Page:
Leading Through The Oil Glut

As oil prices have plunged, shareholders, employees and the public at large want to know how energy leaders will respond. Here is a reminder of the path we have been on and the strategic options ahead.

The last ten years. One simple idea has underpinned oil and gas businesses since the
early 2000s: easy resources are tightly held in politically risky or closed countries, and hence only the technically difficult resources are available to meet rising global energy demand. Let’s consider what strategies have been pursued, and how well they worked.

  1. Go upstream. Underpinned by the belief that there is more value from finding and producing oil than there is in refining it, companies sold down their refining and marketing assets and redeployed the capital to extract more production. This trend was accelerated by weakening demand for transport fuels in the West and by the impact of the recession on demand for refined products and chemicals.
  2. Mega-project developer. By far the most popular strategy for exploration and production companies. This involved gearing up and investing increasing amounts of cash flow into hugely complex drilling and engineering projects, often in remote or extreme environments. The supermajors reached levels of $30 to $35bn of capital investment per year, and shareholders generally saw value eroded away by costs rising faster than oil prices.
  3. Frontier explorer. AKA the “gamblers strategy”. Excited by some big wins in India and Africa and the availability of cheap money, smaller explorers went chasing oil and gas finds in politically risky and technically demanding areas. The winners were those that quickly sold on those assets to larger E&P companies. For those companies still holding low quality assets when the money stopped in 2014, their shareholders have suffered. Under this strategy, it is those management teams and financiers with local and geological knowledge that generally win over time.
  4. Take the unconventional path. Encouraged by the rapid success of the US shale pioneers, larger international companies awakened to the attraction of politically risk free energy resources in North America. Many paid too much for poor quality acreage and struggled to acquire know-how through joint ventures. Nevertheless, so many companies “cracked the code”, opened up new resources and drove down costs, that shale gas and shale liquids production shot up and depressed prices of gas and oil to eight-year lows. The winners were those who paid the least for their shale resources: early pioneers and NA-based oil and gas firms who had held onto “legacy assets”, unaware of the huge potential from the shale sitting within them.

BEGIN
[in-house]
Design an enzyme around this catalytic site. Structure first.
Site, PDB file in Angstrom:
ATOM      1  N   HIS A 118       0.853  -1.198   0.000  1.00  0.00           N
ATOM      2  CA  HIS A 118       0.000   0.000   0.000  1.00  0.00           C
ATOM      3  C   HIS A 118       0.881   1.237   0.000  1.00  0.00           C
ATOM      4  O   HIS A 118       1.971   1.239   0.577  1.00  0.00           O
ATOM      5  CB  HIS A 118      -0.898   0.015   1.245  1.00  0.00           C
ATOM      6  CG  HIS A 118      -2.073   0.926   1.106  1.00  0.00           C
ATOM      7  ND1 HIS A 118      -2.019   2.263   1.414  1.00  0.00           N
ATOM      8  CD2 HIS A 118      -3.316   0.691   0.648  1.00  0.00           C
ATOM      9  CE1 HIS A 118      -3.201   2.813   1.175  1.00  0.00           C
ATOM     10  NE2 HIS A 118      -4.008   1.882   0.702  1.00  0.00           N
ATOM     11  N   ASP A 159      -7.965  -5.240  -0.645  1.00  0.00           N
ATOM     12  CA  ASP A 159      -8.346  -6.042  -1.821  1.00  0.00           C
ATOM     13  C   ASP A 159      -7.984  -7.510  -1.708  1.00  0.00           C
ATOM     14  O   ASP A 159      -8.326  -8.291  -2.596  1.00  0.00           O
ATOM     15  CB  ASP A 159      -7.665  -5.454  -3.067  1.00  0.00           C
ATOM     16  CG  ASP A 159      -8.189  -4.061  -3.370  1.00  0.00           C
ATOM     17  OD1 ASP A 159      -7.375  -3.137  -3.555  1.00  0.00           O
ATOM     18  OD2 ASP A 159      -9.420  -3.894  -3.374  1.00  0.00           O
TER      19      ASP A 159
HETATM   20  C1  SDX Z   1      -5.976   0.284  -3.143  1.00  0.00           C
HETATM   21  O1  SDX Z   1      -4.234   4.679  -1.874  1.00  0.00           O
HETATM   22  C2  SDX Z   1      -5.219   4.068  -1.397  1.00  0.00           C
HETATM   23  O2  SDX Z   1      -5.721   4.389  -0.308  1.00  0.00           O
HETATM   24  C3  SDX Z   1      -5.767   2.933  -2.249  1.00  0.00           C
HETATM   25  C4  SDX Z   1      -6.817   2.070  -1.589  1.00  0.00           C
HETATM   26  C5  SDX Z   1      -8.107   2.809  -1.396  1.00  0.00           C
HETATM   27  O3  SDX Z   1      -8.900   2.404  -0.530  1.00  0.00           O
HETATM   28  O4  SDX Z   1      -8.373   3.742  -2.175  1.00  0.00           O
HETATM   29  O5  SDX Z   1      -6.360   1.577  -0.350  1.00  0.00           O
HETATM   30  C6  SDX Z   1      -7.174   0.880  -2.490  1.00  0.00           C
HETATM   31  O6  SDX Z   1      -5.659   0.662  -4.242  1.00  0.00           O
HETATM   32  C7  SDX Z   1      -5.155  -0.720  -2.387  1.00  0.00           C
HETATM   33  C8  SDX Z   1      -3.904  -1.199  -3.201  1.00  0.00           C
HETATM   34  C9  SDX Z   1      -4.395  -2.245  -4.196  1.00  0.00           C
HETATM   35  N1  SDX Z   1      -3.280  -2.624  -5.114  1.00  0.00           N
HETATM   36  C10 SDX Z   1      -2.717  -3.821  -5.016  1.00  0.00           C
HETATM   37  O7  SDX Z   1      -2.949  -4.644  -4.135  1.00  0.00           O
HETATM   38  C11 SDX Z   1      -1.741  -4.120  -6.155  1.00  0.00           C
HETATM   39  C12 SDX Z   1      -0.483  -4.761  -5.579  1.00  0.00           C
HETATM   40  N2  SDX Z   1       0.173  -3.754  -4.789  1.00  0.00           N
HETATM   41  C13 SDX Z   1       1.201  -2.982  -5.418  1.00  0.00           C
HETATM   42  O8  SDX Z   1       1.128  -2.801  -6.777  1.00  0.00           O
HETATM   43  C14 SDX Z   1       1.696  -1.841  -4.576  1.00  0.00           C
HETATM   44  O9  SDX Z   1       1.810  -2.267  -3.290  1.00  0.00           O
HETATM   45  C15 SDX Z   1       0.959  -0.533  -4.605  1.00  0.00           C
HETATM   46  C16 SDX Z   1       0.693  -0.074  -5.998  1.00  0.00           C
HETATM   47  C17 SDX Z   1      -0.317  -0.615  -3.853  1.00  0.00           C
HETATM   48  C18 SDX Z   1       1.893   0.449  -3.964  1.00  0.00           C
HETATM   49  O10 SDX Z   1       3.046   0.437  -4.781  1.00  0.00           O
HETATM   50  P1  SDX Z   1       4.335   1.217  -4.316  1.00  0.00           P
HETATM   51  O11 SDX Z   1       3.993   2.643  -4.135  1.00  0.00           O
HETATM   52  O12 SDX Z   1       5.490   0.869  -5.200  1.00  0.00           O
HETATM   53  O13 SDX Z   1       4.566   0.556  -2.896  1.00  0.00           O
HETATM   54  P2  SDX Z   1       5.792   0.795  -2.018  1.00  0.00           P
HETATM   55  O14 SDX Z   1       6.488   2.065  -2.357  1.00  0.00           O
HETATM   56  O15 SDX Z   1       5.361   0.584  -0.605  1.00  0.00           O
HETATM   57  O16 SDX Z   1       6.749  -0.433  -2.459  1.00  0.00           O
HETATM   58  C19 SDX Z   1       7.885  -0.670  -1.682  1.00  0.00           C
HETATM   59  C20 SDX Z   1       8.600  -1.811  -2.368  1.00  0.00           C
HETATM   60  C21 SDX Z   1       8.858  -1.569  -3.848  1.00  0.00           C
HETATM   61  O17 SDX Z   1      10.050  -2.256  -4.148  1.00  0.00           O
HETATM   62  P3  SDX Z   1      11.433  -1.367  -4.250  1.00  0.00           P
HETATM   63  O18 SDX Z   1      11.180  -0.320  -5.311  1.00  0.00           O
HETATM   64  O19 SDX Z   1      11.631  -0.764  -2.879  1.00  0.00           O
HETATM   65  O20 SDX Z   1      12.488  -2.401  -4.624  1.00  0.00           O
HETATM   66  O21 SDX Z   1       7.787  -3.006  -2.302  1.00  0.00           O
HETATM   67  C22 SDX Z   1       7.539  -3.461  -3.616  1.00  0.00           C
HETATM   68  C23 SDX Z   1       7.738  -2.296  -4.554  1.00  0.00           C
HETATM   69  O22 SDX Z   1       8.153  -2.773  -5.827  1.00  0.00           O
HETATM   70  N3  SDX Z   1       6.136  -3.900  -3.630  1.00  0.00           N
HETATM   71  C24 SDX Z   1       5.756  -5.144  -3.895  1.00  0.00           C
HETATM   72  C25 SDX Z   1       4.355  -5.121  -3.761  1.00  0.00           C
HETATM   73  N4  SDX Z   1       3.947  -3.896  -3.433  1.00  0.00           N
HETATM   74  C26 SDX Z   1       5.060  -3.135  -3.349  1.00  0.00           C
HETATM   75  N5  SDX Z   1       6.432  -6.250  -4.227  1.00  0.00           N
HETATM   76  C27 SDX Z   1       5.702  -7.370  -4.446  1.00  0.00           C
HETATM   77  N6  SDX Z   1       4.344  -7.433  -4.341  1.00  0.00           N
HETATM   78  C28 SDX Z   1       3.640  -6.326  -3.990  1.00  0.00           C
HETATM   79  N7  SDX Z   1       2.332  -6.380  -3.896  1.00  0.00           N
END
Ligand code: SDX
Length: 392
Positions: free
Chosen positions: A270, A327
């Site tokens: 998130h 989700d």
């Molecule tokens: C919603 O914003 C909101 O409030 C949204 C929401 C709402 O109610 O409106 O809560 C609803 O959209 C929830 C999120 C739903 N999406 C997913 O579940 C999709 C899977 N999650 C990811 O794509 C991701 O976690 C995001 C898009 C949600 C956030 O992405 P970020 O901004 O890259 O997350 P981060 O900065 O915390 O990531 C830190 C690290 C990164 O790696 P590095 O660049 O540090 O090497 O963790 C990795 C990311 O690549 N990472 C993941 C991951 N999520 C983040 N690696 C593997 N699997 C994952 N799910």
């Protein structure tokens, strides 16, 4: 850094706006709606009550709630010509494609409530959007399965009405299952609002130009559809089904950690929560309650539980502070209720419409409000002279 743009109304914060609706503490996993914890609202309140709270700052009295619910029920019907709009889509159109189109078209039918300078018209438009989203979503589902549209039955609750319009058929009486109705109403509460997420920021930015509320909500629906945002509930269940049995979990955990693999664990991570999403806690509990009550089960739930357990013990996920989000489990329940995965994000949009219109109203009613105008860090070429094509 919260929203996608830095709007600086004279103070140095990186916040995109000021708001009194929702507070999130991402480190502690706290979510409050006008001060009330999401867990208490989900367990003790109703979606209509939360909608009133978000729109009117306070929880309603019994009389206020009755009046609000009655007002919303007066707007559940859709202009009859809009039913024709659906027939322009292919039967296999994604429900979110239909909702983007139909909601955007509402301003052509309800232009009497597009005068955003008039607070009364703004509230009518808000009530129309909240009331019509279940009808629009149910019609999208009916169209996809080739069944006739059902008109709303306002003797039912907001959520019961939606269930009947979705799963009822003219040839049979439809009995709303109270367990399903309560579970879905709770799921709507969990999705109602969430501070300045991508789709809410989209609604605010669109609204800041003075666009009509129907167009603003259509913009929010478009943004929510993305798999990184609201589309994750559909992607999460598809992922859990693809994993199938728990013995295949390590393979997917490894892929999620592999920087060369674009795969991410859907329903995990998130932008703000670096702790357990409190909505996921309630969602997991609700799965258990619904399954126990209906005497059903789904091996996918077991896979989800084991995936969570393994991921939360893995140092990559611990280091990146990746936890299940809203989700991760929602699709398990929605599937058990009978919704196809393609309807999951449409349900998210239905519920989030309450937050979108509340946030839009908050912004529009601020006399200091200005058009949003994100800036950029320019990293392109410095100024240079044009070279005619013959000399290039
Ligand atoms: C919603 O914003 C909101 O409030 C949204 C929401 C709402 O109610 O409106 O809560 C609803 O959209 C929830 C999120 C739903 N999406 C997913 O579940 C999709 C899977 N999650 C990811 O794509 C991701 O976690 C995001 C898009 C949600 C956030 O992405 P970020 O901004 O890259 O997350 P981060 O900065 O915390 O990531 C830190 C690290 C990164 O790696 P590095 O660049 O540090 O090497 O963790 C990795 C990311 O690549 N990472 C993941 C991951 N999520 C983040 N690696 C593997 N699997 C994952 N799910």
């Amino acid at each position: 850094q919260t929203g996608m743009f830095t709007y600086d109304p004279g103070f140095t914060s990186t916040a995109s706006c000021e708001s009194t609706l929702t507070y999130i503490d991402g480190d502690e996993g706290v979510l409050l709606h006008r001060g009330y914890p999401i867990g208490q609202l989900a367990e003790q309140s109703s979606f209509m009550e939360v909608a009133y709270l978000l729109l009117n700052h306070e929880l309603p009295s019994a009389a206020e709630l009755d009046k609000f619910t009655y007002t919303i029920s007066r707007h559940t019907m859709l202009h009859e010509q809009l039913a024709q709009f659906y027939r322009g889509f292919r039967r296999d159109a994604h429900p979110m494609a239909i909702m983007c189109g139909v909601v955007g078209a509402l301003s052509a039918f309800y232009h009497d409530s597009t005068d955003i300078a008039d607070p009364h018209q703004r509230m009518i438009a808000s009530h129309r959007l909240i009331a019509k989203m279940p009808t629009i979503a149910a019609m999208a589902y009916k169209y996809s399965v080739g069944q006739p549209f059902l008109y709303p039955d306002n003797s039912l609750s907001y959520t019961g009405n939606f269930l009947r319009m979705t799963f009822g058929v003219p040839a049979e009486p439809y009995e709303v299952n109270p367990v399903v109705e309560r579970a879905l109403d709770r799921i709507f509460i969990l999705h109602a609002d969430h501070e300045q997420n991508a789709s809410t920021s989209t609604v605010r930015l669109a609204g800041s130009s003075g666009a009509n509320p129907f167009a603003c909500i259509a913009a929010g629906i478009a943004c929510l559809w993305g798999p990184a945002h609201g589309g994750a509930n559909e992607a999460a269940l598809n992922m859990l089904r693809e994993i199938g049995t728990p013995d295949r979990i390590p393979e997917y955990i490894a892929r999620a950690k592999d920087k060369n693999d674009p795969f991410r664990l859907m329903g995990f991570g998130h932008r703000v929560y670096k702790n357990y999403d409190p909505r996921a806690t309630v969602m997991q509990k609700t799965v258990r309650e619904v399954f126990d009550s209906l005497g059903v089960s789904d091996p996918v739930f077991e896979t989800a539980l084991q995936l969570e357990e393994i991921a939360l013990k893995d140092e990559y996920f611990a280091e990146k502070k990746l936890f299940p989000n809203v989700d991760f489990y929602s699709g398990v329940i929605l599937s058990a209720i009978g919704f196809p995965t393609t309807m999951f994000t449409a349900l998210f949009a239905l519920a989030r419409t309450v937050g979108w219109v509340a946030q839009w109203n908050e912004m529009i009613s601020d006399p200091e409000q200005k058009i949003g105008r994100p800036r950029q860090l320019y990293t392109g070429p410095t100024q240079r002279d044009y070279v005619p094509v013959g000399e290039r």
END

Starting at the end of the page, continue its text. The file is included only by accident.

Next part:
5. Build new provinces. Many international companies, worried about declining production in their legacy basins and a shortage of future supplies, made the leap into new regions and aimed to build competitive positions in new basins. This often meant taking non-operated positions in countries and projects where they had little knowledge and influence, and relying on a good partner and operator to make it work. Unsurprisingly, good partners were in short supply and in many cases were in too deep themselves. This made it hard to find the right opportunity and partner without overpaying. Relationships and knowledge have separated the winners from the losers.

The next five years. With so much uncertainty around the oil price, many oil and gas companies are currently unwilling to fundamentally change their strategy. While they wait for clearer signals, they are cutting back on capital investment, and shrinking their staff numbers to deliver a smaller activity set in the next year or two. At the same time, they are aiming to maintain optionality to restart projects and exploration should the oil price rise. Let’s assume, however, that the oil price will stay low for longer. As well as simply stopping activities, companies are considering what actions, ranging from the tactical to strategic, they can take to deliver more value to investors and to create wealth for host countries at a lower price range.

  1. Renegotiate. While not necessarily available to all companies, the tactic of renegotiating terms with host governments is an important one. A re-allocation of risk and reward between parties can stimulate new investment and drive efficiencies which, with the right conditions and a bit of luck, lead to value growth for the company and host country over time. Obvious negotiation points are around the costs and incentives for new exploration and the tax take on newer fields, compared to “easier” legacy fields, as well as requirements to use a certain supplier base and fund other government projects. However, too much change is unhelpful. Investors and companies value stability, and frequent changes undermine confidence in making long-term investments.